Personally, Washington never read books of fiction and thought that liberal arts education for black people was useless. After all, he had believed in the development of a "Talented Tenth," that is, a group of intellectually ambitious black Americans (usually comprised of those who had already achieved middle-class status) who would lead the rest of their race away from the worst influences: The Negro race, like all races, is going to be saved by its exceptional men.
The problem of education, then, among Negroes must first of all deal with the Talented Tenth; it is the problem of developing the Best of this race that they may guide the Mass away from the contamination and death of the Worst, in their own and other races. Du Bois were two African American leaders who took different approaches to discrimination and segregation experienced by African Americans.
He thought the best way to triumph over racism was to cultivate an educated class, a "talented tenth," as he called it, to fight it in the public.
The opportunity to earn a dollar in a factory just now is worth infinitely more than the opportunity to spend a dollar in an opera-house.
Washington thought that social equality would follow economic prosperity, and he urged white business leaders to consider hiring African Americans and to provide investment opportunities to black businessmen.
First, political power, Second, insistence on civil rights, Third, higher education of Negro youth, and concentrate all their energies on industrial education, and accumulation of wealth, and the conciliation of the South... These movements are not, to be sure, direct results of Mr.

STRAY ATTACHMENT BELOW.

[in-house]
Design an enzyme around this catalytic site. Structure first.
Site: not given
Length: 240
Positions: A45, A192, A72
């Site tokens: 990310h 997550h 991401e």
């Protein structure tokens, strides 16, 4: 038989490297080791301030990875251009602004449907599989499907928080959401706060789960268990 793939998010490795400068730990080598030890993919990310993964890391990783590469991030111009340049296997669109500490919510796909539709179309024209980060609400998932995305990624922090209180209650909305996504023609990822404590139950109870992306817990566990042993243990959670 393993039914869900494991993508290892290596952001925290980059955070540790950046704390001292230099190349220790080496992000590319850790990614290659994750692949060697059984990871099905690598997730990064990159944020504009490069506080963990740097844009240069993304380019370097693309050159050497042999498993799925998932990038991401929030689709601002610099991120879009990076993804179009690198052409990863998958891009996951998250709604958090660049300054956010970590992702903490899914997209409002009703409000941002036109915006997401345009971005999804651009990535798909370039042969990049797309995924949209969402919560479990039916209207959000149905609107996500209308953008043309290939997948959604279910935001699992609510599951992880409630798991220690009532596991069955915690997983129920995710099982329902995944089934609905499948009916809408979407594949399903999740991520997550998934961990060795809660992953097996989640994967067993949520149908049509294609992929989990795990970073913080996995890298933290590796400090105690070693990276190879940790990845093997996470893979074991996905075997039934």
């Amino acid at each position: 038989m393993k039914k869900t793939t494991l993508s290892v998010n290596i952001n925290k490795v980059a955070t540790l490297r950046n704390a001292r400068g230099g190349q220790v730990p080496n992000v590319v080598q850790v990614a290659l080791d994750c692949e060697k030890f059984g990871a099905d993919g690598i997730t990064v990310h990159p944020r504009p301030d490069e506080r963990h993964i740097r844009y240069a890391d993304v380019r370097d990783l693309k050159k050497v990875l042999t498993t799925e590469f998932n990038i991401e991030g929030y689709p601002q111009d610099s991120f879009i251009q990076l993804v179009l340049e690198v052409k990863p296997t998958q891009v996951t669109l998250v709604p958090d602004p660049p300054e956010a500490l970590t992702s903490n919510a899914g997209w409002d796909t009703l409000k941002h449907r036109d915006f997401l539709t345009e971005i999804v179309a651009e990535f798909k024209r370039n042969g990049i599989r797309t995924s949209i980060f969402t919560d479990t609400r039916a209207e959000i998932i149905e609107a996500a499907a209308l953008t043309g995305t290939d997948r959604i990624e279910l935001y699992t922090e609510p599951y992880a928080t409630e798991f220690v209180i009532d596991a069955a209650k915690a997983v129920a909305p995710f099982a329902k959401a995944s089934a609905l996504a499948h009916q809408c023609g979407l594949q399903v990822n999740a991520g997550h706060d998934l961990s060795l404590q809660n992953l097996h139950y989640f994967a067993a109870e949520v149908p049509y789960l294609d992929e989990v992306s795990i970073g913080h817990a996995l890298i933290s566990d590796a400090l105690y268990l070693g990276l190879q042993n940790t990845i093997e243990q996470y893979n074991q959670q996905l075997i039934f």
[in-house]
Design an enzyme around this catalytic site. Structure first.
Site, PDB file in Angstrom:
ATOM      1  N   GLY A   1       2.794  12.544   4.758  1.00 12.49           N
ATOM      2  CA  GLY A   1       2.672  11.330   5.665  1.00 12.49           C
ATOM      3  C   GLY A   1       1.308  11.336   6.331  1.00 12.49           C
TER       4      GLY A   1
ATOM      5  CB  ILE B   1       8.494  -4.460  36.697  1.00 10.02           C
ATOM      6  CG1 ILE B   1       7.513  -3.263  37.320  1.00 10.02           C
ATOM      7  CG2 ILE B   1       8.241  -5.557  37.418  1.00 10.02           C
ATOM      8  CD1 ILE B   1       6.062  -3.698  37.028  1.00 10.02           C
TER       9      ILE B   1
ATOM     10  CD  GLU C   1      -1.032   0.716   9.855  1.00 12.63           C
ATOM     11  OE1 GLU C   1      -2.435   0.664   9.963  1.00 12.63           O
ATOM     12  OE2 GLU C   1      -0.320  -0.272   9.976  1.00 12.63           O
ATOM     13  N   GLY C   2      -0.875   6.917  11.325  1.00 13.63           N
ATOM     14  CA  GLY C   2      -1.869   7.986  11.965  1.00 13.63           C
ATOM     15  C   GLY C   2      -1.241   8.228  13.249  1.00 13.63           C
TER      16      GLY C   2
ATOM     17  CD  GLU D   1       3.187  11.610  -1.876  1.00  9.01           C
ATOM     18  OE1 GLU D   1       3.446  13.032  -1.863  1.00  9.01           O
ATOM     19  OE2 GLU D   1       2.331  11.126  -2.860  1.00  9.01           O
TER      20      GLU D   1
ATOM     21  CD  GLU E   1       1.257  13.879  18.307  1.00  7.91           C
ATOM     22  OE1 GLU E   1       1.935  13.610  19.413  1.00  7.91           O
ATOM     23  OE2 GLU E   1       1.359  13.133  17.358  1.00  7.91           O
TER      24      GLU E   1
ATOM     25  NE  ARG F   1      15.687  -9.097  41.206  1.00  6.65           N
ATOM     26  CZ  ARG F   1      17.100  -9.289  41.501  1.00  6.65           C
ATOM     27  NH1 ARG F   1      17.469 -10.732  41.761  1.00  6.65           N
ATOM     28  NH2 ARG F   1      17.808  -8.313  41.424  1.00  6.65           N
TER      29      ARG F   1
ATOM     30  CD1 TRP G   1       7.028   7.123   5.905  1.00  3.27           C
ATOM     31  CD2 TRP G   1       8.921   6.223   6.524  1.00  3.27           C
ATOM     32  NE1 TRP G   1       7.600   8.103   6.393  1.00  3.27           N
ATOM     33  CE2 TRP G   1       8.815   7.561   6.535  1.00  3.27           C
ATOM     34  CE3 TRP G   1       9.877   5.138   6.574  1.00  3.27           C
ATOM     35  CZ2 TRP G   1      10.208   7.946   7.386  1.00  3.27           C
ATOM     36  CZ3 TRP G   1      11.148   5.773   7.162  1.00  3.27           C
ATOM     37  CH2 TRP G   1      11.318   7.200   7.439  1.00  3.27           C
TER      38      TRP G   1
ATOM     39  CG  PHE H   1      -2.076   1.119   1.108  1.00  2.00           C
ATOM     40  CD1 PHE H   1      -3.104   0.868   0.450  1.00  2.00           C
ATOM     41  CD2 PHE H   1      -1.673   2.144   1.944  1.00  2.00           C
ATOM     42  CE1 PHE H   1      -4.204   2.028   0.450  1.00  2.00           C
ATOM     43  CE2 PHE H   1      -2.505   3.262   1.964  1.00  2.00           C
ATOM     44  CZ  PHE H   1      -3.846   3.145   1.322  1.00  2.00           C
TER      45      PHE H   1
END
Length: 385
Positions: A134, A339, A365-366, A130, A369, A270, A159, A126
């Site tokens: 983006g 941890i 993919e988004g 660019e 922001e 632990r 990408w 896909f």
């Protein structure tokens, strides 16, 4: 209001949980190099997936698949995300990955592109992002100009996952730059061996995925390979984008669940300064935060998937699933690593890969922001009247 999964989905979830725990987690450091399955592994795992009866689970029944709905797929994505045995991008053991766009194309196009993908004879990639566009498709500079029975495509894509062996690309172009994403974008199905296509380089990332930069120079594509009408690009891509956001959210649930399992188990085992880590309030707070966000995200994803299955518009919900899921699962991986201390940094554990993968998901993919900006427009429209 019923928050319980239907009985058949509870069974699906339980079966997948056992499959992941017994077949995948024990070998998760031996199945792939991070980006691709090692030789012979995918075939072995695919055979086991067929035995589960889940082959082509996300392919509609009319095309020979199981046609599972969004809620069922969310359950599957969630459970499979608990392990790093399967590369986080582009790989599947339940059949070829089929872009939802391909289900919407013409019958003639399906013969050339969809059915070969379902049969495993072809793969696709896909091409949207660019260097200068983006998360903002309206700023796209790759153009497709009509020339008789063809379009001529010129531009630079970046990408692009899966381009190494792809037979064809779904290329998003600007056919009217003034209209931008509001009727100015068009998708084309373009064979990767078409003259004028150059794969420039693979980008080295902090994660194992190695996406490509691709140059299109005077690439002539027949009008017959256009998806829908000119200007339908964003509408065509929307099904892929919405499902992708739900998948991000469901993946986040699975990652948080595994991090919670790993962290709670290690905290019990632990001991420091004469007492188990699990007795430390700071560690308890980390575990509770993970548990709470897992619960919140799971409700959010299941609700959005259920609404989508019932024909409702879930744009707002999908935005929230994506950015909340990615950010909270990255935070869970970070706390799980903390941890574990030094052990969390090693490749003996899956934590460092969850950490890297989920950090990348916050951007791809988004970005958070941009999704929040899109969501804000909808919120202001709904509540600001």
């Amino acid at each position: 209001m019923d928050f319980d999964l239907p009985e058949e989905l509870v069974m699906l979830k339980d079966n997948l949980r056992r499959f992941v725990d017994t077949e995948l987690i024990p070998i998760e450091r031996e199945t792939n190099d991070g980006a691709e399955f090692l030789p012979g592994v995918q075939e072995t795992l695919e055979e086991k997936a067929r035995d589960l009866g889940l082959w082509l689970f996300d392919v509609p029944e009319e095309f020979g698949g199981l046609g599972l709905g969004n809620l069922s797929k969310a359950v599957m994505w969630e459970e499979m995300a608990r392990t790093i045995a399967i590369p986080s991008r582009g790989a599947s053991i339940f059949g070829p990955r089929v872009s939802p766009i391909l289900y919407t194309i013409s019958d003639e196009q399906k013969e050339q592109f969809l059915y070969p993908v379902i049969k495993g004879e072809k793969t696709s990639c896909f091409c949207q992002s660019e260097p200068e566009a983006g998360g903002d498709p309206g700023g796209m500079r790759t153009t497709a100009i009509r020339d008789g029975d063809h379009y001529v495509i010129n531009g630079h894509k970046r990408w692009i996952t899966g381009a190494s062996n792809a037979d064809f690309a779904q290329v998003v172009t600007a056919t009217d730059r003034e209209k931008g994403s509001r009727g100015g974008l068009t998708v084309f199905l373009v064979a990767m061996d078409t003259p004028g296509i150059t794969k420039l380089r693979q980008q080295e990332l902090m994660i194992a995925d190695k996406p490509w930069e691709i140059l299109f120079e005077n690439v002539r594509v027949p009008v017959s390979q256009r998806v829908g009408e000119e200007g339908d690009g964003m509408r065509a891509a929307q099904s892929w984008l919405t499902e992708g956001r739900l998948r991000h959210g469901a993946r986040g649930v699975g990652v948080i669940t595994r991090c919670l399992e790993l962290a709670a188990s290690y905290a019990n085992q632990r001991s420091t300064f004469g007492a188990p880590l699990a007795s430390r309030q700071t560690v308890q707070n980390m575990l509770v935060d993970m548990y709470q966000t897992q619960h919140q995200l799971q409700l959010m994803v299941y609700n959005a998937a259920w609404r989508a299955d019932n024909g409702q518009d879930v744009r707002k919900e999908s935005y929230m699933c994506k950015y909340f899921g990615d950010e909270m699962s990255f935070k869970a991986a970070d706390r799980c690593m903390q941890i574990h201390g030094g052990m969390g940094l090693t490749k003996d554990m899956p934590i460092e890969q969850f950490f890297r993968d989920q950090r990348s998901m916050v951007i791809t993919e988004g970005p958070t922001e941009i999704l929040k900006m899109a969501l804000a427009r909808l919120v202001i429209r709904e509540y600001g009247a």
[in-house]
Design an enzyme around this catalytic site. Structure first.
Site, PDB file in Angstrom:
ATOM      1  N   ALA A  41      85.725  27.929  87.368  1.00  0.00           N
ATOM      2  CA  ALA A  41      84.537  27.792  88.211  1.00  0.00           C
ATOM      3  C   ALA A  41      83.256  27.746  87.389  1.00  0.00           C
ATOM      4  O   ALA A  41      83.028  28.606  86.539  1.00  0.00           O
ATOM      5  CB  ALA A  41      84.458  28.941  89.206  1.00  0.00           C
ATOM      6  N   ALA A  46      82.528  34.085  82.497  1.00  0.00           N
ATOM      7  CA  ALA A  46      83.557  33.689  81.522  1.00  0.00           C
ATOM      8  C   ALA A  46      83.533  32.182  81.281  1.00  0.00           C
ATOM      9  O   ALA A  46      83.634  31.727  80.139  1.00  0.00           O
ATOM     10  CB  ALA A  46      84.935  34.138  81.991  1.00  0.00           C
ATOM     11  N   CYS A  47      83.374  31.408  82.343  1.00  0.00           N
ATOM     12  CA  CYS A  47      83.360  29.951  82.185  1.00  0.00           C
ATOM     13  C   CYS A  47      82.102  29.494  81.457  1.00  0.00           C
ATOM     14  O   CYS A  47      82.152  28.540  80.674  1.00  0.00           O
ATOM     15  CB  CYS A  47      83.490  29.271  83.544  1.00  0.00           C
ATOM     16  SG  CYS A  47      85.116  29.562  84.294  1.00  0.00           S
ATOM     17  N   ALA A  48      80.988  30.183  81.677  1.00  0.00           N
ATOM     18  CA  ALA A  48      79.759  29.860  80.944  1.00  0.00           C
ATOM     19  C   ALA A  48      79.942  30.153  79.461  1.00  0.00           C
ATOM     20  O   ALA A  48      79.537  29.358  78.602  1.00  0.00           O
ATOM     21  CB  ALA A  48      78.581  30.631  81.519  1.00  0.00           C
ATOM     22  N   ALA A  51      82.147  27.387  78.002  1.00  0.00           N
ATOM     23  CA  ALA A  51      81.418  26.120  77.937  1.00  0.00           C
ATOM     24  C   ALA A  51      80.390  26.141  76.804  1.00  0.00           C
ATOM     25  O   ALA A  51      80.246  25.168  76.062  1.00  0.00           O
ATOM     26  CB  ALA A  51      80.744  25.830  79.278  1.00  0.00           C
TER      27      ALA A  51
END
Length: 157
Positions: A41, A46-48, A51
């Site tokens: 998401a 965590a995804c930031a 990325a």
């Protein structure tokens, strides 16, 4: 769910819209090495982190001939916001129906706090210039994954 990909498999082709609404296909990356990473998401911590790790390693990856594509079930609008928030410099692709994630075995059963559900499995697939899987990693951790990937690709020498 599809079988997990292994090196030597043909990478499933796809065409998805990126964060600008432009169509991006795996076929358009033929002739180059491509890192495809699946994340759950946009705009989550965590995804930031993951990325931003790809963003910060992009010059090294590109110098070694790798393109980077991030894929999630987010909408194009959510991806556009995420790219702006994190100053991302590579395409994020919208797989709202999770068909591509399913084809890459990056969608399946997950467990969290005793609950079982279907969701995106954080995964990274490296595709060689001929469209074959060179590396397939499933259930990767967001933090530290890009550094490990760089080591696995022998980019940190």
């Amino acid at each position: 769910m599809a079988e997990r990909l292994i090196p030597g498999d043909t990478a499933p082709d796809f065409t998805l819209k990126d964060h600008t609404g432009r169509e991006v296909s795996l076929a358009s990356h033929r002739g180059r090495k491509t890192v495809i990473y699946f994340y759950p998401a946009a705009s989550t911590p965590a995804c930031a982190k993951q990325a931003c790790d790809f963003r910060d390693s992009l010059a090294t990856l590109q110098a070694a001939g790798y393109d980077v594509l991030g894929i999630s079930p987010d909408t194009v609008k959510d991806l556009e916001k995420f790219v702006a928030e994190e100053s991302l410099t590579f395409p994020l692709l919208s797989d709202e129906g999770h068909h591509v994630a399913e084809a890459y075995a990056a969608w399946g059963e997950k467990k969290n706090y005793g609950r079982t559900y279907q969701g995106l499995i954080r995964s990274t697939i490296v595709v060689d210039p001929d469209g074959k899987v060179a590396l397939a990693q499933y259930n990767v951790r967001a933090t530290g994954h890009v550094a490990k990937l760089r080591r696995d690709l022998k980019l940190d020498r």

As a result of this tender of the palm-branch, what has been the return? WAshington's teachings; but his propaganda has, without a shadow of a doubt, helped their speedier accomplishment.
Accommodation for Washington was the acceptance of segregation in exchange for black people to have opportunities to live and work peacefully in the South.
He did not support black migration to Northern and Midwestern cities but, instead, encouraged black people to "cast down their buckets where they [were]" and find work in the agrarian and burgeoning manufacturing economies.
For Du Bois, accommodation amounted to capitulation.
He argued that economic success actually made African Americans more likely to experience violence in the form of lynching.
The policy of accommodation, he argued, had been in fact pursued for years, with nothing but discrimination, racial violence, and persistent poverty to show for it.
He advocated resisting Jim Crow legally, first by persuading the federal government to pass an anti-lynching law (which it never did).
I know that Du Bois felt that Washington was compromising the future of African Americans by agreeing to not push for higher education for young black men, civic equality and the right to vote. Washington did not describe his approach to race relations as "accommodation," a word which he did not use in his "Atlanta Compromise" speech in 1895.